Palla (Italian for ball) is a traditional Tuscan ball game played in towns between Siena and Grosseto. It is also called palla EH! (or pallaeh!) because players call out eh! before serving.

Small hand-made balls contain a lead pellet wrapped in rubber and wool with a leather cover. The game is played by facing teams who strike (not catch) the ball with either a bare or gloved hand. Courts are marked out with painted lines on town streets, but there is no net, and players can move between sides. Adjacent buildings, objects, and sometimes spectators, are considered "in play." Play does stop for oncoming automobiles. Similar to real tennis, a second bounce can result in a "chase" rather than an outright point, marked in chalk where the ball stops rolling.

In one version of palla, scoring is identical to that of tennis (15-30-40-game). In a variant sometimes called pallaventuno (or palla 21) scoring is 7-14-21. Pallacorda (or palla della corda) is an extinct form of the game where a cord was strung across the street. Pisa, Prato, Rome, Siena, and various Tuscan towns still have streets named via Pallacorda or via Della Corda.

Historical significance

Palla is of interest to those who study the history of tennis, as it provides some insight into the development of the more contemporarily popular sport. Given the similarities of scoring and the use of chases, it is highly likely palla and tennis share a common sporting ancestor, the various games of palla being more primal in form.

The fact that real tennis was originally played without racquets is well documented. The name of the sport in French is jeu de paume, or game of the palm (of the hand). However, the development of the net is documented less well. In real tennis the net is also referred to sometimes as "the line." Palla eh! uses only a line painted on the ground to mark territory, and this is probably all it was originally. The cord was added for pallacorda probably just to keep the players on their respective sides of the court, and a ball that went under the cord, yet across the line, was probably still a fair shot. Later illustrations of pallacorda and tennis show tassels hung from the cord to indicate if a ball went below the cord. The net was merely an enhancement on the tassels, and it now serves three functions: marking territory, controlling player movement, and restricting the flight of the ball. When modern lawn tennis adopted real tennis' net, it also brought with it these three functions.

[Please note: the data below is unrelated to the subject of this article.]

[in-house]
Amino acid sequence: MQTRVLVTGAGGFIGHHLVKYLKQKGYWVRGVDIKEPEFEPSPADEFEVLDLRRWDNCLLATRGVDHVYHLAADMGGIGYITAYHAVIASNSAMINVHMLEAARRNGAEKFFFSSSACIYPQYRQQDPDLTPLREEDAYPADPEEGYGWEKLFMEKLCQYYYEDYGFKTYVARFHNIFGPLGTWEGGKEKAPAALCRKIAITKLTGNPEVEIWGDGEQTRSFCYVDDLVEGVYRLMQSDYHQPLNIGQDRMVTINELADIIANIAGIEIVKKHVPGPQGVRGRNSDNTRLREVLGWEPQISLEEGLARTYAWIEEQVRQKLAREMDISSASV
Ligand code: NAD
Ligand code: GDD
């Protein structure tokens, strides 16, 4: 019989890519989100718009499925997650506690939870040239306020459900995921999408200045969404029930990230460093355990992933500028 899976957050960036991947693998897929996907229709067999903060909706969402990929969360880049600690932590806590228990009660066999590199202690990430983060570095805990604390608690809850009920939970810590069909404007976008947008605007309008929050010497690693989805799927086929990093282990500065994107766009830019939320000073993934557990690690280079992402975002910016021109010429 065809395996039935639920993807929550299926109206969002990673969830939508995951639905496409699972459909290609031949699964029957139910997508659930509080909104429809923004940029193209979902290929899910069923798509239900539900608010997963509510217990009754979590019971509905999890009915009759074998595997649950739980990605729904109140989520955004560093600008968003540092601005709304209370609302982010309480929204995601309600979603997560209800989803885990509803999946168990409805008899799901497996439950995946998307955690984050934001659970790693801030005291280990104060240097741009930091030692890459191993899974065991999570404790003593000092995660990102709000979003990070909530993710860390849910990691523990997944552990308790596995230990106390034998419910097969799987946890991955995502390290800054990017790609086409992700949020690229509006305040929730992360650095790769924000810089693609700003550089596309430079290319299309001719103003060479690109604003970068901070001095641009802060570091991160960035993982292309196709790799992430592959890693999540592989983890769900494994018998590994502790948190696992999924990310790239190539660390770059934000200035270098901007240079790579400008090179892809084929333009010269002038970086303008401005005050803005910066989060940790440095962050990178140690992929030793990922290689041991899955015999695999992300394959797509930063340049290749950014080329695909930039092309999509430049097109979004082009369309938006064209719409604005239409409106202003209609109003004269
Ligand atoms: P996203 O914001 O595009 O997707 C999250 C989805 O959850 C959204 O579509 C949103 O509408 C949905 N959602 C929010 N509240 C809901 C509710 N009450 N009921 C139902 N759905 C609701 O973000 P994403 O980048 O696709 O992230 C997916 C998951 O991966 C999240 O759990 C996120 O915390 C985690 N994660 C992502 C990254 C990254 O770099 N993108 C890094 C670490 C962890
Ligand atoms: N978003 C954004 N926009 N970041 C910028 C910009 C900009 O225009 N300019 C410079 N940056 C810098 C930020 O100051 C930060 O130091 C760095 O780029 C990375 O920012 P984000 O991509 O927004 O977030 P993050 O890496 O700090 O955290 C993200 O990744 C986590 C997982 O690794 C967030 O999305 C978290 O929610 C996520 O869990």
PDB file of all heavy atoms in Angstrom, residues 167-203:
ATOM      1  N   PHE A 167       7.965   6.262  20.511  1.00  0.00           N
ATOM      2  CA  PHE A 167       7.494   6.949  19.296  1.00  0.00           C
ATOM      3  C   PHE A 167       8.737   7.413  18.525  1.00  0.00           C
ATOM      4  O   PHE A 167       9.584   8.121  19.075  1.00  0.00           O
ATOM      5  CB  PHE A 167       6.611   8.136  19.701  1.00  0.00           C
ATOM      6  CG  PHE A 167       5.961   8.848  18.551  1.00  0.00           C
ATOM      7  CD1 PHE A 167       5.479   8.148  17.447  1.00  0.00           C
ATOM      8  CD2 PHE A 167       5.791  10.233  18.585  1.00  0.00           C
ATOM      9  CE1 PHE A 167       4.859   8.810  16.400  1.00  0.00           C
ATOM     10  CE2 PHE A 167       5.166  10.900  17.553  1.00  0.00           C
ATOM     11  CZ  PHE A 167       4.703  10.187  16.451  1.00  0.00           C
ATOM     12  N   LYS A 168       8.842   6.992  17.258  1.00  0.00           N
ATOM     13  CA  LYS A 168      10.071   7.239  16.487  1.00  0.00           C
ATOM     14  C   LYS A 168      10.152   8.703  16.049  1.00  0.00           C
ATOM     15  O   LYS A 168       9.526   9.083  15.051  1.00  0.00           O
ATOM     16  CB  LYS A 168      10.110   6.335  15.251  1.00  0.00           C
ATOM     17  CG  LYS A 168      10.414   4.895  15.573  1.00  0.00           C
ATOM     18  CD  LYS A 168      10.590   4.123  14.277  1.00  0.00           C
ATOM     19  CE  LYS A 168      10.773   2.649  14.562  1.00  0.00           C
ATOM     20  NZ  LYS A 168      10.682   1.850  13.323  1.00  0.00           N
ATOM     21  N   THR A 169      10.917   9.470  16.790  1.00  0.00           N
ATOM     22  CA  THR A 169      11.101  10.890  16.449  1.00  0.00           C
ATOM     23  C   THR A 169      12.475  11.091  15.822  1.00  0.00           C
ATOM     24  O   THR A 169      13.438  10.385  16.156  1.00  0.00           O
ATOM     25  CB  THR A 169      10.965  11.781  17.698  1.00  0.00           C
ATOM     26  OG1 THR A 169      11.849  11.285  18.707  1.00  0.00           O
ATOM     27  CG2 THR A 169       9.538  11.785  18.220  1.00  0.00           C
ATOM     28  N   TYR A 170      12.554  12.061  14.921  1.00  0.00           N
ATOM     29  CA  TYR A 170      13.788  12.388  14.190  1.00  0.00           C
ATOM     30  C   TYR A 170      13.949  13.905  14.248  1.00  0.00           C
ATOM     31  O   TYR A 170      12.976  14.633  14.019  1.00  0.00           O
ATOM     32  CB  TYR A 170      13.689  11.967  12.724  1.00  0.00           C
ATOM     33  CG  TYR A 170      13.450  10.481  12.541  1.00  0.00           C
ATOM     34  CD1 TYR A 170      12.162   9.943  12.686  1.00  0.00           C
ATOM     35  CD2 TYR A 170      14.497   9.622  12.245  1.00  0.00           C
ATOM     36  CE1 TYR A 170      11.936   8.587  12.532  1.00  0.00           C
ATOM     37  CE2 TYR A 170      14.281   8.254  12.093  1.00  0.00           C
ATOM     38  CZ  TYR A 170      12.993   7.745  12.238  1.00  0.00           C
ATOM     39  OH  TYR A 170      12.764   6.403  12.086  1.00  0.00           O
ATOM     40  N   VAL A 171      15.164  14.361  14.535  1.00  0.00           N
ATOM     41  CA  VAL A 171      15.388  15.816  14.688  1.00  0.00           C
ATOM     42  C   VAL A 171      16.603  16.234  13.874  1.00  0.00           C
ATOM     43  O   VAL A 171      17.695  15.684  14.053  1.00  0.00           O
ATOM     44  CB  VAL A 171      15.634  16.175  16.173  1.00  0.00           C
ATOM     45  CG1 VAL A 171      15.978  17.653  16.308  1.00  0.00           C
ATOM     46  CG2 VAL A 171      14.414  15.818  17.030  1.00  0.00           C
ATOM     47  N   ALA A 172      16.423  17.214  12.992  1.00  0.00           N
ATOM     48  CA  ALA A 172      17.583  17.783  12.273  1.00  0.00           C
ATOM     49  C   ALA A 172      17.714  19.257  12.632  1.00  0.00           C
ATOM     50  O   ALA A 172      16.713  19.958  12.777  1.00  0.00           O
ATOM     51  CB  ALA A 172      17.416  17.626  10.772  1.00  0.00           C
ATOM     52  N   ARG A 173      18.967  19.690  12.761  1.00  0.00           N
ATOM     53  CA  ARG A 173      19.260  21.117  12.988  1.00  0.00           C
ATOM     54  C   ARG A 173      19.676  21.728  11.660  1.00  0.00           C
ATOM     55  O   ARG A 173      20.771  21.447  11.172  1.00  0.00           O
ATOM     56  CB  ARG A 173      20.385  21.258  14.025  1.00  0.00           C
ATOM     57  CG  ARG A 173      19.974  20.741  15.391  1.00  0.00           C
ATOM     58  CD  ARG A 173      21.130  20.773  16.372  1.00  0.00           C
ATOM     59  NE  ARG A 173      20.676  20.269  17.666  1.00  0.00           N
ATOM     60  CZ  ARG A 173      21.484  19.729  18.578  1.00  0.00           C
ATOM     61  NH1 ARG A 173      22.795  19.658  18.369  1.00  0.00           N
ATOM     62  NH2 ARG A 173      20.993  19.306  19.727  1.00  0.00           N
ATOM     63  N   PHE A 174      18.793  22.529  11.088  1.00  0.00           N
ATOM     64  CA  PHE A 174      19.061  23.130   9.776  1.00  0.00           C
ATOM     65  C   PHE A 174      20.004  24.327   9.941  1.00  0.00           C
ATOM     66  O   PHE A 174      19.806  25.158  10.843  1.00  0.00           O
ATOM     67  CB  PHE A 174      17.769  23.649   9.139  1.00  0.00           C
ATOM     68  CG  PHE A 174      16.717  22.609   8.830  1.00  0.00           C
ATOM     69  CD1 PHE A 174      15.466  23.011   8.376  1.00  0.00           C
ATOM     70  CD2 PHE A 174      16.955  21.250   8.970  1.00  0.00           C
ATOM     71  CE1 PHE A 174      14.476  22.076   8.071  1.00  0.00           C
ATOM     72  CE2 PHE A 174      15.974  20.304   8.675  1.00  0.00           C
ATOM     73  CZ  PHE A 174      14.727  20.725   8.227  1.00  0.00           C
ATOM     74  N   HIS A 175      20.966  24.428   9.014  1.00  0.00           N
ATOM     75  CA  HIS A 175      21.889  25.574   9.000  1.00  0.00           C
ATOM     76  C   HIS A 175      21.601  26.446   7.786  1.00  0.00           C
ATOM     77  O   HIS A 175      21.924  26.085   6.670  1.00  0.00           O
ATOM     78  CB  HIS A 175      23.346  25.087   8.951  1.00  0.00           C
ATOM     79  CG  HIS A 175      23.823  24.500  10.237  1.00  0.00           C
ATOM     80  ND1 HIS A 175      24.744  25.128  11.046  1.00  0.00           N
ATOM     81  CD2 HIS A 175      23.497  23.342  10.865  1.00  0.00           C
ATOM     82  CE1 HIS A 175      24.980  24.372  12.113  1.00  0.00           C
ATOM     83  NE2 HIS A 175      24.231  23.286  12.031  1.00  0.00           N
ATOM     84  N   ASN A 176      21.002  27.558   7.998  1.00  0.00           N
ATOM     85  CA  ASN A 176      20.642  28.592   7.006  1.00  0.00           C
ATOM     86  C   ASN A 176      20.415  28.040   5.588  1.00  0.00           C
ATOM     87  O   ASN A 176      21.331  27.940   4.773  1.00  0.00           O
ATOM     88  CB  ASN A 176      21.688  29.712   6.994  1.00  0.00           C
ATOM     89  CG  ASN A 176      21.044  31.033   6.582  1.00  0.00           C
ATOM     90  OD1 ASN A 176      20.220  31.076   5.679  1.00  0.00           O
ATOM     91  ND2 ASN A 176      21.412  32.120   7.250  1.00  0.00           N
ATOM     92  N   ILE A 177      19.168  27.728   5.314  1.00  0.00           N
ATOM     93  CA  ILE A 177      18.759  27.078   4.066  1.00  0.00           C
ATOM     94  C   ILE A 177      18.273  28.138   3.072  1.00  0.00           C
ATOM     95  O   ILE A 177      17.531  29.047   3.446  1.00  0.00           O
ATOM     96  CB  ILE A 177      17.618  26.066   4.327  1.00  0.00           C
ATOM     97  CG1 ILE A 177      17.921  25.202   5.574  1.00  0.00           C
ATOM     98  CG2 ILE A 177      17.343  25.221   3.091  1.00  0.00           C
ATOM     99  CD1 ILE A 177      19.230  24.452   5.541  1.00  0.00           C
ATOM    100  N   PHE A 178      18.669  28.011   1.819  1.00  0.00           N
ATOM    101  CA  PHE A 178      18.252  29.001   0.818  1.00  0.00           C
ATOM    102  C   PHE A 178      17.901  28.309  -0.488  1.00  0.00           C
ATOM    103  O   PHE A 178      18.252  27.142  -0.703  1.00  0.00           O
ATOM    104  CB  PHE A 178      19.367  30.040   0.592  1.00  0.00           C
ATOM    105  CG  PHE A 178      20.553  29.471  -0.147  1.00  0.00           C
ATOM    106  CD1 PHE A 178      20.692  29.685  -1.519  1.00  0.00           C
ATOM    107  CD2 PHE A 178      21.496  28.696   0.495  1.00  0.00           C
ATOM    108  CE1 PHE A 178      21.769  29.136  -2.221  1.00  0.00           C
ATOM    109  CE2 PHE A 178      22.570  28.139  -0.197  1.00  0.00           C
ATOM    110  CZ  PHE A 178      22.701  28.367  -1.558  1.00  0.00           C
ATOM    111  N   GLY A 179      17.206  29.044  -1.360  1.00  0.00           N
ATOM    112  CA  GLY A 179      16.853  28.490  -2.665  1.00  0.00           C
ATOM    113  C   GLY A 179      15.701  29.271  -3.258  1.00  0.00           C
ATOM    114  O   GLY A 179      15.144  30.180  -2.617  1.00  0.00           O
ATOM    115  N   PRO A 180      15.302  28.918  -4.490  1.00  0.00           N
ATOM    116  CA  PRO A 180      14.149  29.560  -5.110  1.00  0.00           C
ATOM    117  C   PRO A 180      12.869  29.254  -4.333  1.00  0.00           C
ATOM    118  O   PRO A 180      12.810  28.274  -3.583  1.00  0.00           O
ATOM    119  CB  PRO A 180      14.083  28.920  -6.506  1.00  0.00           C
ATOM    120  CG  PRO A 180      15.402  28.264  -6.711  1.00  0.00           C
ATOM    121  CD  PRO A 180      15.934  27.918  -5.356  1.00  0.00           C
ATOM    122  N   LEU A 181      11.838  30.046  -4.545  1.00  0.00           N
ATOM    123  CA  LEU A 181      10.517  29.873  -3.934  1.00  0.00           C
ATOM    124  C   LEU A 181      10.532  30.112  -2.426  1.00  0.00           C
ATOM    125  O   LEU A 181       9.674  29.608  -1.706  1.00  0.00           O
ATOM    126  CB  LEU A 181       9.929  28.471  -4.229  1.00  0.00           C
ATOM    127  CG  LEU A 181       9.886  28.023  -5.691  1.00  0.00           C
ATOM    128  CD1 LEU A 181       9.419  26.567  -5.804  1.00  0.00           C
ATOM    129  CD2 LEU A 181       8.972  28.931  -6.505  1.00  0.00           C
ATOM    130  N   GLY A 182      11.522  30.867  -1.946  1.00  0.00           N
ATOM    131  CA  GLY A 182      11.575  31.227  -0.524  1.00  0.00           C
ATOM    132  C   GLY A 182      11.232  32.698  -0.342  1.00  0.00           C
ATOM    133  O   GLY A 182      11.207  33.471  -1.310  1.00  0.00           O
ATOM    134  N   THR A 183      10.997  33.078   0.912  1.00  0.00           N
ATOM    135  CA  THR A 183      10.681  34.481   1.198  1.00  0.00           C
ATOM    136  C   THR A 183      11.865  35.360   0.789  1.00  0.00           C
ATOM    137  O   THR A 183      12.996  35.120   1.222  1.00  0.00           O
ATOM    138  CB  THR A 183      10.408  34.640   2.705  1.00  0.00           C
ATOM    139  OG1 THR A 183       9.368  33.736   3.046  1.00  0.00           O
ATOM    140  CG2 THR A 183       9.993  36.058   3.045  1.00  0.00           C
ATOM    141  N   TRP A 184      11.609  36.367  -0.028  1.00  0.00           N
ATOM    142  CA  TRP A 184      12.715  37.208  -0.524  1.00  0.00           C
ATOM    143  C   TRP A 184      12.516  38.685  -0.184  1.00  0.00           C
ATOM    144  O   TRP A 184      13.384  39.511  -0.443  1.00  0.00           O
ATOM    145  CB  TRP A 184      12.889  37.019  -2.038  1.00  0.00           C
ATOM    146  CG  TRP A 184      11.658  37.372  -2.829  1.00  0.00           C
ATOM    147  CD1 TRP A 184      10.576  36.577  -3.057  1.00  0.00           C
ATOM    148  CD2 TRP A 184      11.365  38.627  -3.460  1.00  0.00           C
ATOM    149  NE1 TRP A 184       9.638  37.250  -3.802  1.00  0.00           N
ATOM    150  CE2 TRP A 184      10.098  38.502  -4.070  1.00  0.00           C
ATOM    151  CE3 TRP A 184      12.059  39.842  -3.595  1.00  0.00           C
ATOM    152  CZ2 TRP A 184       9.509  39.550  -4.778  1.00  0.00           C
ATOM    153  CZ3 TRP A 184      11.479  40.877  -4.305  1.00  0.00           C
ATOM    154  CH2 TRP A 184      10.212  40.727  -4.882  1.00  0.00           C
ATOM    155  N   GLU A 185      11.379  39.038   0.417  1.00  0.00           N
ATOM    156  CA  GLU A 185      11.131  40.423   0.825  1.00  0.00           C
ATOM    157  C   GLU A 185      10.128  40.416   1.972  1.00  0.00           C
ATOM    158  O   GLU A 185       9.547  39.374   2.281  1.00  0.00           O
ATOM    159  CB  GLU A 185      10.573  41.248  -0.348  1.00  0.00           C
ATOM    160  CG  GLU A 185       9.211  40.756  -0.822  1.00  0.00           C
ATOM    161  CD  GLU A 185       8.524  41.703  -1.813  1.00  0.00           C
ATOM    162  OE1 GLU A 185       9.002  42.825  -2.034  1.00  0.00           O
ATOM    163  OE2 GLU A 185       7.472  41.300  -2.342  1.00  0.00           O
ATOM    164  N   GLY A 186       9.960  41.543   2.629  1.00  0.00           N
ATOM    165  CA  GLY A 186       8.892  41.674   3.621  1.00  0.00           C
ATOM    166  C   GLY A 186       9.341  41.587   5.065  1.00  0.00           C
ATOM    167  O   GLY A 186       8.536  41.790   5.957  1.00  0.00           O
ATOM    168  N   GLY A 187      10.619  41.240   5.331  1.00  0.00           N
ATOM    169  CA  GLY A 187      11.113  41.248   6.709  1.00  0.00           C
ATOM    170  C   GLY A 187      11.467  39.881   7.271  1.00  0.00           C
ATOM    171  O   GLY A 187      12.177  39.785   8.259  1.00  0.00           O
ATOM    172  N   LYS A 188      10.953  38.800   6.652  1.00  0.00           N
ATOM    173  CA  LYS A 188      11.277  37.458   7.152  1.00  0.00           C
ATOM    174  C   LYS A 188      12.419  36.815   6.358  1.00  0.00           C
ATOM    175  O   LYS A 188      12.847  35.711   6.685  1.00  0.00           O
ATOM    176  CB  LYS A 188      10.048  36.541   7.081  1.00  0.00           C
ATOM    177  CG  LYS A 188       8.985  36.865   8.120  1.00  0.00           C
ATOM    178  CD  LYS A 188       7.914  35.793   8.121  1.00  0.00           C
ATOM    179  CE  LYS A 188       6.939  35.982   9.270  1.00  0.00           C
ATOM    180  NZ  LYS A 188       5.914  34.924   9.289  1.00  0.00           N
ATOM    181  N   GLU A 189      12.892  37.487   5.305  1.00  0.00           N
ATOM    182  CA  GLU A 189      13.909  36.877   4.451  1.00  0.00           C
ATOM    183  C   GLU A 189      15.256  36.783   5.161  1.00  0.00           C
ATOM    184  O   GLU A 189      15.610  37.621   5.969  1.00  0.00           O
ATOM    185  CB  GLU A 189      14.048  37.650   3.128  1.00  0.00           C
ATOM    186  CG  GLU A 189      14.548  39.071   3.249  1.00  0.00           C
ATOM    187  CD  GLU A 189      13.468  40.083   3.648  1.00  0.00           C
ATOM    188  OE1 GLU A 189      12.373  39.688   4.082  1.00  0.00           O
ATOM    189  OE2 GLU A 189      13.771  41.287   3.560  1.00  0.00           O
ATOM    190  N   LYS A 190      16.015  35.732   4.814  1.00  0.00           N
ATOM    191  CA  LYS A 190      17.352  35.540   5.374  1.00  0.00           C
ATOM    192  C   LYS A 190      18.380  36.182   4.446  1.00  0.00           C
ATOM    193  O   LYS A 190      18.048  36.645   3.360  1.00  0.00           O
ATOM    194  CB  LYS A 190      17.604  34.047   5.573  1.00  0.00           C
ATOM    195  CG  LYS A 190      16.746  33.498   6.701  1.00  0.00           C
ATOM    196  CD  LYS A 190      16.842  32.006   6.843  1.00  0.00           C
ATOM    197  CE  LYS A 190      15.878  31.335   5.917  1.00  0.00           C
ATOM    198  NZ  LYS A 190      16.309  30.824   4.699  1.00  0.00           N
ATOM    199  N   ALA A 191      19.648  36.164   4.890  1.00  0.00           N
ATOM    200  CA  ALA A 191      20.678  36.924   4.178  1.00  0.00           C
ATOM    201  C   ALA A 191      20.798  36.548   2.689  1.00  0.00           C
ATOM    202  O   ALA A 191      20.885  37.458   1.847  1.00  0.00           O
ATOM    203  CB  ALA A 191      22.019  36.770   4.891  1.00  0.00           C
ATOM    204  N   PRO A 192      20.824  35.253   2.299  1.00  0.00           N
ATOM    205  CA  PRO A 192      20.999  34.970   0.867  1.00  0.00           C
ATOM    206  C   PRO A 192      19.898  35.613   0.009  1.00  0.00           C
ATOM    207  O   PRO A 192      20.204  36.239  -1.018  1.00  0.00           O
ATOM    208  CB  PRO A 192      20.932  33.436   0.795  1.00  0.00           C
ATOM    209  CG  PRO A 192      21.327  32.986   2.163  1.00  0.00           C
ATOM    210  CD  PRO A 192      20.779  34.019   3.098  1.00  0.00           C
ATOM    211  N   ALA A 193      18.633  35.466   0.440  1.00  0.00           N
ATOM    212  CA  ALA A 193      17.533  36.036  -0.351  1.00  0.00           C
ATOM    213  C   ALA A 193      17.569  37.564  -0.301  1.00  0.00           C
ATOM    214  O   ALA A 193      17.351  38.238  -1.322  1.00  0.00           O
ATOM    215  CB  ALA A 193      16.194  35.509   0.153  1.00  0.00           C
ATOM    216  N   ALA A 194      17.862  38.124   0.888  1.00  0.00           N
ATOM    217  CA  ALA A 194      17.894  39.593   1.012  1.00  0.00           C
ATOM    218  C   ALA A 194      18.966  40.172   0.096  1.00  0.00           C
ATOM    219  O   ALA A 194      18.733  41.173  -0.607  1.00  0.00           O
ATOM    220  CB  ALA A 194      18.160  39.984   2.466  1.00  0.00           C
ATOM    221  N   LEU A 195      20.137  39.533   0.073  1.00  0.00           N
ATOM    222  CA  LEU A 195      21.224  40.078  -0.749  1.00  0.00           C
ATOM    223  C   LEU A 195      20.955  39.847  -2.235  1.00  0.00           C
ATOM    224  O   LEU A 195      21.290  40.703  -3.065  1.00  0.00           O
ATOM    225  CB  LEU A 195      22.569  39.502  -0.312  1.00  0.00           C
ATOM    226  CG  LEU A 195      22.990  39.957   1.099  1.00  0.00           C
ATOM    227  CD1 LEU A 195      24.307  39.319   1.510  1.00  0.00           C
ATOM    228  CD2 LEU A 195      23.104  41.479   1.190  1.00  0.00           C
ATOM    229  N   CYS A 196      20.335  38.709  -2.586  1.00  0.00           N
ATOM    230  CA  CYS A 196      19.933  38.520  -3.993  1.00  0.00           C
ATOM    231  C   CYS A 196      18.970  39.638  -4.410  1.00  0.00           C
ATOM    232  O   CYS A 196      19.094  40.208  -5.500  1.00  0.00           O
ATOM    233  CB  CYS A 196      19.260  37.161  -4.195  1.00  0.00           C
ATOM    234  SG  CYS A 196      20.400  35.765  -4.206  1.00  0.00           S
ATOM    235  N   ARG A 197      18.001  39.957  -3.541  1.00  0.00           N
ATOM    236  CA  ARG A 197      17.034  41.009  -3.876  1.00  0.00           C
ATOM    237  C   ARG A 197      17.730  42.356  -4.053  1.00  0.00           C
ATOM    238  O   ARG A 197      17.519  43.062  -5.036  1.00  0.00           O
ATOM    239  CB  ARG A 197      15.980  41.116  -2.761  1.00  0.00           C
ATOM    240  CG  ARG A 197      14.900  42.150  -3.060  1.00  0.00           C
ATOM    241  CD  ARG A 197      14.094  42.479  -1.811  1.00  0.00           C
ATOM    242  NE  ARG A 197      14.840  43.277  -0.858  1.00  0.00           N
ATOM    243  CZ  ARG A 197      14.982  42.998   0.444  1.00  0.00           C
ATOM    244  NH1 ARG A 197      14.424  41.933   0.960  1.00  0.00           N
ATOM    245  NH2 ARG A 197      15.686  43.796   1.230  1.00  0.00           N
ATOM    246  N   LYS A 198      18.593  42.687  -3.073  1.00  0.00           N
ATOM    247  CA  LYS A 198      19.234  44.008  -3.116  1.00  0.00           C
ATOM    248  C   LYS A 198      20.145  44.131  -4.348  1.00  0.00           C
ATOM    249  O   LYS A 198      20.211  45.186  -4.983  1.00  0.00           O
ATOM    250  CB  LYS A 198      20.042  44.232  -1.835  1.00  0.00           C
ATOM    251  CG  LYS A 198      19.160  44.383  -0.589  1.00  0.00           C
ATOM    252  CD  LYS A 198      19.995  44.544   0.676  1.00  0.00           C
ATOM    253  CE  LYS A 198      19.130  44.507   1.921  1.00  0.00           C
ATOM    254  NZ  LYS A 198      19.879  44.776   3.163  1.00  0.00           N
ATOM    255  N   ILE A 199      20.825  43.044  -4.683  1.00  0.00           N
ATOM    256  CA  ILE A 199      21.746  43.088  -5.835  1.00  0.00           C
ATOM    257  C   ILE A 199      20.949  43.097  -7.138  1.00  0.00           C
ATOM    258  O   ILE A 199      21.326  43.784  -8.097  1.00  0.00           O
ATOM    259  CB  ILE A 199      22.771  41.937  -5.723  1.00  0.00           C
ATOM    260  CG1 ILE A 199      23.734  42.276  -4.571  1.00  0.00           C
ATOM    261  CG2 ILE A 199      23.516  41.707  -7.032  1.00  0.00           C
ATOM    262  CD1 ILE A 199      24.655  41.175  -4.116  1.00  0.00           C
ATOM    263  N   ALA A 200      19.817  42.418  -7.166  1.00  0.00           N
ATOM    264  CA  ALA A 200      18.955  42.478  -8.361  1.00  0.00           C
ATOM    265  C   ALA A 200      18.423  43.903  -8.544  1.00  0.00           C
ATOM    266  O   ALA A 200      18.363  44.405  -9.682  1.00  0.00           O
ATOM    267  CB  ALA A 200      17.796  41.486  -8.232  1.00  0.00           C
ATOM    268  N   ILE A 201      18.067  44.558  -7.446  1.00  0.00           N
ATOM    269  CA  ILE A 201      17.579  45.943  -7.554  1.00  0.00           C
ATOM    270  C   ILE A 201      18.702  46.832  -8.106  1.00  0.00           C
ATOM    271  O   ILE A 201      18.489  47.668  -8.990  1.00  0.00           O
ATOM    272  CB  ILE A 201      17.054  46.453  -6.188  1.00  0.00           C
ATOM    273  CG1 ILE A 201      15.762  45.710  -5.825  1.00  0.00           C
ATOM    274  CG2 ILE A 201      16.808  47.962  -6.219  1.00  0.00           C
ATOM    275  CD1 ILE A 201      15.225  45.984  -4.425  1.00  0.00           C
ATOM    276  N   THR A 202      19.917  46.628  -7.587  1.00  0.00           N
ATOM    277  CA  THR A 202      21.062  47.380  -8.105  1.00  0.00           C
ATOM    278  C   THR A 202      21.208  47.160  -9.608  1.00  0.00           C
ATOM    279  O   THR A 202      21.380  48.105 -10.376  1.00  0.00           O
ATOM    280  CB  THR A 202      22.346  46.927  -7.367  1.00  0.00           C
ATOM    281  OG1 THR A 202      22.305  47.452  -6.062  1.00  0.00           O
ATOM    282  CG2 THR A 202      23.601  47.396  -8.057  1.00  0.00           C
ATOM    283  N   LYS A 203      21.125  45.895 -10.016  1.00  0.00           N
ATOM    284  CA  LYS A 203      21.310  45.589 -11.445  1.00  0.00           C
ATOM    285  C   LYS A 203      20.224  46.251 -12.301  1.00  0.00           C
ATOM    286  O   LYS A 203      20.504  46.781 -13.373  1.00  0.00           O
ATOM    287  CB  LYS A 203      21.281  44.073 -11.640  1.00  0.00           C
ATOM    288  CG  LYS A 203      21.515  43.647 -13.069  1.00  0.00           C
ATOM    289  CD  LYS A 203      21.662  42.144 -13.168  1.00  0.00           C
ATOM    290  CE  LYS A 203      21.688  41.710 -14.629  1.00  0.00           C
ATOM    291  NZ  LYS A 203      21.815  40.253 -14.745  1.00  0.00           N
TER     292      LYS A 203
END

The fact that variants of palla are all street games, and that they are clearly related to real tennis suggests something of the development of the latter sport's court. It had been assumed that a real tennis court developed from the layout of monastery cloisters. This is mainly due to the early popularity of the game among clerics, and similarities of some court features to a cloister. However, this theory has two problems. Cloisters are usually square, while a tennis court is much longer than it is wide. Secondly, some of the similar features of tennis courts were actually introduced in the 16th century, and earlier layouts were less similar to cloisters. The study of palla has led many to suggest that the first tennis courts were made by those who wanted to play the street game, but could afford a more private and much cleaner setting. Similarities to cloisters in later court designs could either be coincidence, or intentional innovations, rather than a more organic evolution of forms. The proportions of the court and features such as penthouses and windows could easily relate to medieval streets.

See also


  • Morgan, Roger (1989). "European Derivatives of Tennis" in The Royal Game, L. St J. Butler & P. J. Wordie, ed. Stirling: Falkland Palace Real Tennis Club. ISBN 0-9514622-0-2 or ISBN 0-9514622-1-0.
  • McNicoll, Kathryn (2005). Real Tennis, pp. 21-22. Buckinghamshire: Shire Publications ISBN 0-7478-0610-1.
  • Whitman, Malcolm D. (1932). Tennis: Origins and Mysteries, p. 85. Mineola, NY: Dover Publications (2004 reprint). ISBN 0-486-43357-9.

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